Destination Moon (1950)

More historical curiosity than entertaining science fiction film, “Destination Moon” is a must see for those interested in the evolution of the genre and the political climate of the early cold war years. Don’t expect any cheap thrills or exploitation elements. There are no aliens, no monsters, and no hot women. Instead it presents a detailed speculation of what they thought it would be like to go to the moon in a rocket-ship. Despite looking like a massive version of a Von Braun rocket from WWII, the speculation about the problems faced by the engineers and crew of such a product are surprisingly accurate and must have been fascinating viewing back in 1950. Both the rocket and the moon are considerably more realistic than the old “Flash Gordon” stuff.

Like another science fiction classic “Them”, “Destination Moon” is loaded with political references conveying a not so subtle distrust of the federal government. But the two films convey the same message from polar opposite perspectives. “Them” placed the blame for its giant mutations on reckless atomic bomb testing and portrayed the federal response to the crisis as clueless until assisted by local law enforcement and an eccentric university scientist. “Destination Moon” has a hawkish perspective, with unidentified fifth columnists sabotaging America’s early space program. Fortunately, selfless patriotic industrialists come to the rescue and finance a successful private enterprise program to claim the moon for the United States.

The deliberately low-key documentary style is relieved by the last minute addition of space novice Joe Sweeney (Dick Wesson) to the crew. With a Brooklyn accent (his first view of earth from space elicits a desire to know who is pitching for the Dodgers that day) Sweeney provides both comic relief and an excuse for the expect members of the crew to expound in layman’s terms about the details of space travel. I couldn’t help thinking of “Dark Star’s” Sgt. Pinback whenever Sweeney began to whine about not belonging on the mission.

Another concession to the unsophisticated 1950’s audience has the project leaders making their pitch for financing through a special Woody Woodpecker space training film. The skeptical fowl and his two audiences receive their indoctrination at the same time. “Destination Moon” must have infused the nation with a sense of wonder and faith in what the free enterprise system could achieve because it is actually listed as an event in NASA’s chronology of the history of space travel. It is likely that the producers were more successful with this upbeat message than with their attempt to spread fear and promote a space race. Although considerable effort is made to sell the audience on the military value of the moon nothing very convincing is presented in that regard. Ironically, much of the actual space race a few years later would have a military purpose.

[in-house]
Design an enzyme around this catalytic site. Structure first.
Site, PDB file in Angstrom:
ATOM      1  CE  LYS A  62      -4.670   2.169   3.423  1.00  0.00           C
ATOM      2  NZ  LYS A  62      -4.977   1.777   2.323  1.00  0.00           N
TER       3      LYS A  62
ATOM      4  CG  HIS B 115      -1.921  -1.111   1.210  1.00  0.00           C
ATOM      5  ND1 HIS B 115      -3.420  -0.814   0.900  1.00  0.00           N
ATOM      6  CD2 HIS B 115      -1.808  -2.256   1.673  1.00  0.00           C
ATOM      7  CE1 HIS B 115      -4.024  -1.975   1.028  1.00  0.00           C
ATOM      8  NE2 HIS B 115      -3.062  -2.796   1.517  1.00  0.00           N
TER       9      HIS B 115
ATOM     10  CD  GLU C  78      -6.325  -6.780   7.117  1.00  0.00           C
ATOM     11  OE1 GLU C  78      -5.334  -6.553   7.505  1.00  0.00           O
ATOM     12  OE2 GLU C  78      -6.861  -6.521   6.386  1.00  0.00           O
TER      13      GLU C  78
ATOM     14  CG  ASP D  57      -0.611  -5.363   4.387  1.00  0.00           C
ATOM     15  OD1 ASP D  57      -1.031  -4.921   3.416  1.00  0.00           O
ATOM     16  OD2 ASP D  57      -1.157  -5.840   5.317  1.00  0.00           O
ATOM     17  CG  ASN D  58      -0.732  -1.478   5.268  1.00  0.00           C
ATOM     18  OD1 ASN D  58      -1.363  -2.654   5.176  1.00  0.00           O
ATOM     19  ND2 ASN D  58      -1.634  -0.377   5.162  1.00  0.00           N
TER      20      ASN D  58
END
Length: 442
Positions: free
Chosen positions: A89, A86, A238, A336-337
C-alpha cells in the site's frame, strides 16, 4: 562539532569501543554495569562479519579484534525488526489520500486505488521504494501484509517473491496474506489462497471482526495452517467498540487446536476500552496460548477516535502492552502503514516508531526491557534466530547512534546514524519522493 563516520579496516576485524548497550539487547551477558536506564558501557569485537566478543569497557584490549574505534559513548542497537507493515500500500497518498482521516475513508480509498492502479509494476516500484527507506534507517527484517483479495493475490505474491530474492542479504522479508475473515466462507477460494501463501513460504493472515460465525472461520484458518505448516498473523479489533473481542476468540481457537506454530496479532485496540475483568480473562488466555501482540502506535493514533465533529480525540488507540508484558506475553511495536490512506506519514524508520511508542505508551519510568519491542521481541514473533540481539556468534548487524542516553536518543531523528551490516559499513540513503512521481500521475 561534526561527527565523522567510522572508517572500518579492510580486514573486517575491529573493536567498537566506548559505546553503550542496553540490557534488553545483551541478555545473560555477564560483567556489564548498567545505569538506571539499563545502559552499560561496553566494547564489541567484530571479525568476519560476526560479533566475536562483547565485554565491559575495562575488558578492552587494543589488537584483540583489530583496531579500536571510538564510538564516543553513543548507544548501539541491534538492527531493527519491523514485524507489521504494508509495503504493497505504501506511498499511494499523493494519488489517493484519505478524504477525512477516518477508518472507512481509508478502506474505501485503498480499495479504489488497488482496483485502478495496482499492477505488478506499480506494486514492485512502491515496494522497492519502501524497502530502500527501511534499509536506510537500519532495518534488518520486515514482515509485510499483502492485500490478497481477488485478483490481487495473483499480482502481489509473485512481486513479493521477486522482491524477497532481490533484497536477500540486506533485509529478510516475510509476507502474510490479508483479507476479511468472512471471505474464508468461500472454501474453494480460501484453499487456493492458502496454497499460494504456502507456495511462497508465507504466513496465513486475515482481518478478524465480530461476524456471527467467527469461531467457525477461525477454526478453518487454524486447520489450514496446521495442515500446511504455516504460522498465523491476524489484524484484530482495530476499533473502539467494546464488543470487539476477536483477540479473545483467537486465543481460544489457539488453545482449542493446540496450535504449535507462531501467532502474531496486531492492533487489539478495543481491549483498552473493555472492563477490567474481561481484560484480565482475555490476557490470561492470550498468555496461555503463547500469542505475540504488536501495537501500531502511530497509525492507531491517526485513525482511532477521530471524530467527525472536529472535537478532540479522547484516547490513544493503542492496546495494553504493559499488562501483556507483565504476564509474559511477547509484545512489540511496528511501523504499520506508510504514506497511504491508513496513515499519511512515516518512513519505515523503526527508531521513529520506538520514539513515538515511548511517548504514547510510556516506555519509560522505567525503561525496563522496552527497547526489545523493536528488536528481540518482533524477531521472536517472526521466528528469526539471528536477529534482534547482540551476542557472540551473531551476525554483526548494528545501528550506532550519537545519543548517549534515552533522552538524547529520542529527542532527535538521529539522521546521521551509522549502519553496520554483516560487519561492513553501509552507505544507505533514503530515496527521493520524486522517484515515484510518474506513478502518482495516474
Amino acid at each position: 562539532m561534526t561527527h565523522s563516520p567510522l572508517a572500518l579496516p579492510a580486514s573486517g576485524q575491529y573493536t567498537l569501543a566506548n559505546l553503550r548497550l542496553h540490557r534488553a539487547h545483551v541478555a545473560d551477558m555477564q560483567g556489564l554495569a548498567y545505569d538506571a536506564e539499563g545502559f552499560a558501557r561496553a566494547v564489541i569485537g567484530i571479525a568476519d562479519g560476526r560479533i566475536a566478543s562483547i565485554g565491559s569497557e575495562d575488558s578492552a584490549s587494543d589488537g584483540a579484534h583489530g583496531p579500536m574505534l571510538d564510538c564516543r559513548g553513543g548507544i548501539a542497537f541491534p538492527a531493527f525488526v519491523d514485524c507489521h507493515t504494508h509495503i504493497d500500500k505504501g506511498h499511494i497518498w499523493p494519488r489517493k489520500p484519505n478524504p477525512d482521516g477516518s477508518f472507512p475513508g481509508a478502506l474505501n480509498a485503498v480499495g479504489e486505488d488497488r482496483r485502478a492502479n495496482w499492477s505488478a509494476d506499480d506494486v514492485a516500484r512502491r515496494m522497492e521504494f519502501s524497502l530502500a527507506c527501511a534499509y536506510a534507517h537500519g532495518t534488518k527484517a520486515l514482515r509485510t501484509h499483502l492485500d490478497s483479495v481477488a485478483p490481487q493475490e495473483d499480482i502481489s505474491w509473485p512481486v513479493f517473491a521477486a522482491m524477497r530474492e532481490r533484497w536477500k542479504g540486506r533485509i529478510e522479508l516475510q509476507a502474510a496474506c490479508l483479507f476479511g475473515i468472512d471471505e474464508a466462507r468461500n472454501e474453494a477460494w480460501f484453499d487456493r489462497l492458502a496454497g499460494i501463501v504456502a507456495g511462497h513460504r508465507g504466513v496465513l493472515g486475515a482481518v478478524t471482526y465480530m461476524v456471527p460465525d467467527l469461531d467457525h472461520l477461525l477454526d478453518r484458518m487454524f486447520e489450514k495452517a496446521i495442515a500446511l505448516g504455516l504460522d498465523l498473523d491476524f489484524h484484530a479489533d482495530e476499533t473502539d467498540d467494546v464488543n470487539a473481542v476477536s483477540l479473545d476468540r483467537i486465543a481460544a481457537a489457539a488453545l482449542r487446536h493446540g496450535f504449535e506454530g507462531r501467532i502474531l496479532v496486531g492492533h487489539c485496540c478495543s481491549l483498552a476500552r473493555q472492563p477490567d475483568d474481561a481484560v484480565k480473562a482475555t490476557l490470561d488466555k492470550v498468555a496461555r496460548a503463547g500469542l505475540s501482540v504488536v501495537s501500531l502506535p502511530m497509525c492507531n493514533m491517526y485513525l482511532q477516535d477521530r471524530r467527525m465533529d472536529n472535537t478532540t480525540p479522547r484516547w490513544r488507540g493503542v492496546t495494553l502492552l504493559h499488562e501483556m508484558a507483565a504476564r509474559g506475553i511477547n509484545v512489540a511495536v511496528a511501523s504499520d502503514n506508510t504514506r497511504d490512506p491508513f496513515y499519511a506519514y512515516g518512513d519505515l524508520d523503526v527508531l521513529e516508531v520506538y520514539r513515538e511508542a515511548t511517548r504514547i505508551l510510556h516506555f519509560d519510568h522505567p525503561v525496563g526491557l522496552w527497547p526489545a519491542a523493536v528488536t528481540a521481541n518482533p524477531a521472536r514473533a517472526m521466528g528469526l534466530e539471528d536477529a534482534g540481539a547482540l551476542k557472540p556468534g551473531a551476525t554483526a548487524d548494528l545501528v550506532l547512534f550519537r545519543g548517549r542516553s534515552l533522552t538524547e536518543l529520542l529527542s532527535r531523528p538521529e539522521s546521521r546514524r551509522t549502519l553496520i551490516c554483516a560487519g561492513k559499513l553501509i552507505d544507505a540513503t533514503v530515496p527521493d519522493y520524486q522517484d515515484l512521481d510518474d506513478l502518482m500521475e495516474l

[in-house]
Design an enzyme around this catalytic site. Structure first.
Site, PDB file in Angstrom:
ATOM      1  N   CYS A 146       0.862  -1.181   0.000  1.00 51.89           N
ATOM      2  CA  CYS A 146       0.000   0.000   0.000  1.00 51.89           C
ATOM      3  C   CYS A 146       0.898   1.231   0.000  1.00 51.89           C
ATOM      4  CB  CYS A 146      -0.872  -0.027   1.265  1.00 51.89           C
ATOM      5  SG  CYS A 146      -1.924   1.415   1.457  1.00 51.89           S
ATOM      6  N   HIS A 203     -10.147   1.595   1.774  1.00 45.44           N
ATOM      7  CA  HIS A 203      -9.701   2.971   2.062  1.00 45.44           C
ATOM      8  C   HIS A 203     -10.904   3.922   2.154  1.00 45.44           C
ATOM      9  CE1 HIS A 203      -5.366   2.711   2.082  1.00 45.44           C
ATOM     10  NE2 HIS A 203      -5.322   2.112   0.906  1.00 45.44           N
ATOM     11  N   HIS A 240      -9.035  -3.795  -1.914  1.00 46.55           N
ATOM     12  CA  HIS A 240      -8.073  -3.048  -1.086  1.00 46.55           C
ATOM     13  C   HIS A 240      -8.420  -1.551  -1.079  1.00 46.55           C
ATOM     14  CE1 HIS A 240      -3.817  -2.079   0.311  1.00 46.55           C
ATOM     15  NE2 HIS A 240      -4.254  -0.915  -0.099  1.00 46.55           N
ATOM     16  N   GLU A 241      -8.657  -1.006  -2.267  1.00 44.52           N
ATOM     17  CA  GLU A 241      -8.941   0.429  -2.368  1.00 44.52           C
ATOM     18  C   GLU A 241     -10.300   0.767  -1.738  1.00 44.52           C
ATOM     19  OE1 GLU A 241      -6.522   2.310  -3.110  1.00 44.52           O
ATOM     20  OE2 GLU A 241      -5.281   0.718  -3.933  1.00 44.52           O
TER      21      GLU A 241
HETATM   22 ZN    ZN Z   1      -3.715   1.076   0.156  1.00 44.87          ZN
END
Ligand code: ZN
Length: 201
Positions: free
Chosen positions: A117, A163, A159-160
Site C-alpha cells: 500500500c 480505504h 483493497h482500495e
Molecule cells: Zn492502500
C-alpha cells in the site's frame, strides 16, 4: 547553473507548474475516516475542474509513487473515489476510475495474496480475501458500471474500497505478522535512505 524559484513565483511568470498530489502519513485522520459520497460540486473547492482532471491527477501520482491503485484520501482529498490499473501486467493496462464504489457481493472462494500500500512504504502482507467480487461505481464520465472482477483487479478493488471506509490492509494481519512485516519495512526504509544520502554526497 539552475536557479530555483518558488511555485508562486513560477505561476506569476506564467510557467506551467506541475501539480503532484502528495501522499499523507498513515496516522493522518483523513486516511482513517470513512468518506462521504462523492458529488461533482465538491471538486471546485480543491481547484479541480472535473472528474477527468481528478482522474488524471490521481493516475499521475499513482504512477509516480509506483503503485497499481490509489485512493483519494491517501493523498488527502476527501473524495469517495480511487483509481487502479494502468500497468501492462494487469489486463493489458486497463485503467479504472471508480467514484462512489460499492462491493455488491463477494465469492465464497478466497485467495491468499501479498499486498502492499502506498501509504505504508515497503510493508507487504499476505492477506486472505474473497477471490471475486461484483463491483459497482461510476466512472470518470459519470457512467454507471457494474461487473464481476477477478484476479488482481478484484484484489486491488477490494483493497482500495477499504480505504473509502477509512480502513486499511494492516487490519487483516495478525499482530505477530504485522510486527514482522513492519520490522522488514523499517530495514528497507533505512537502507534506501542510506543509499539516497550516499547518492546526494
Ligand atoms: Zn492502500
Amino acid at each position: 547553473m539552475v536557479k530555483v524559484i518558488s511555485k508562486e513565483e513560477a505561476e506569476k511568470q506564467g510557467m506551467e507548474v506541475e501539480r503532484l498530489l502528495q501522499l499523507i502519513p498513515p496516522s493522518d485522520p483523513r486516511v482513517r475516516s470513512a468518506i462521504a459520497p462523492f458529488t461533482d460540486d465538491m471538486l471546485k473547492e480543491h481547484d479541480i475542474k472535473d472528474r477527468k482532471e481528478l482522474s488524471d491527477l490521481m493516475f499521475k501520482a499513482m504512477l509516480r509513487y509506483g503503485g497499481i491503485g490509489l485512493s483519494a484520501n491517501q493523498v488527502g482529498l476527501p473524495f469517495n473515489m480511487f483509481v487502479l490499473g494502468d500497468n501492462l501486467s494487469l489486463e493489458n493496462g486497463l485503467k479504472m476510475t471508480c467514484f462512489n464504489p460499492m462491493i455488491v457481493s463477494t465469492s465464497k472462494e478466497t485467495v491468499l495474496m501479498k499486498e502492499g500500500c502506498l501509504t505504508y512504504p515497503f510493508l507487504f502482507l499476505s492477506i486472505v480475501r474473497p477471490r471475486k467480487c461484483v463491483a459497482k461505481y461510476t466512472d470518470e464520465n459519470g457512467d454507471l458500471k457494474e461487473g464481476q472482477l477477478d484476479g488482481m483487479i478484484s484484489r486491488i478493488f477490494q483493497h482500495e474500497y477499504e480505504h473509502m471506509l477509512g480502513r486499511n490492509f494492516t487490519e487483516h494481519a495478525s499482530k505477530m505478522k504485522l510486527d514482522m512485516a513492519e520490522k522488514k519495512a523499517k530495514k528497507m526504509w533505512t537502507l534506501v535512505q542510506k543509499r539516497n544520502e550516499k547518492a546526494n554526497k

“Destination Moon” has two moments of suspense. The first is when Charles Cargraves (played by Warner Anderson) exits the ship in space and drifts away once his magnetic boots lose contact with the ship. Since Cargraves is the ship’s designer, it seems rather implausible that he should forget this but no more so than his constructing the ship out of heavy steel. The second is when they botch the landing and must lighten the ship to have enough fuel to return to earth (of course we 21st century viewers knew the thing was too heavy as soon as we learned about the magnetic boot thing).

Science fiction writer Robert A. Heinlein teamed with producer George Pal to put “Destination Moon” into production. They soon learned that Kurt Neumann was working to release “Rocketship X-M” in time to benefit from their publicity campaign. For legal reasons Neumann modified his more sensational film to feature a landing on Mars rather than on the moon. Although Neumann’s paid less attention to scientific details, it turned out to be more accurate in the use of a two-stage rocket and not the one-stage monster featured in the Heinlein/Pal version. Both films were subject to staggering naiveté about the complexity of space travel. Although the film’s version of the moon surface is hauntingly beautiful (thanks to Chesley Bonestell’s backdrop paintings) it looks more like a dried lake-bed than the actual lunar surface.

In retrospect, “Destination Moon’s” most unique sci-fi genre feature is the absolute refusal of its producers to show anything that deviated from what they believed at the time to be the truth about space travel. Although today it is a struggle to really appreciate the film, at least as it would have hit viewers in 1950, how many science fiction films have been criticized as being too real to be entertaining.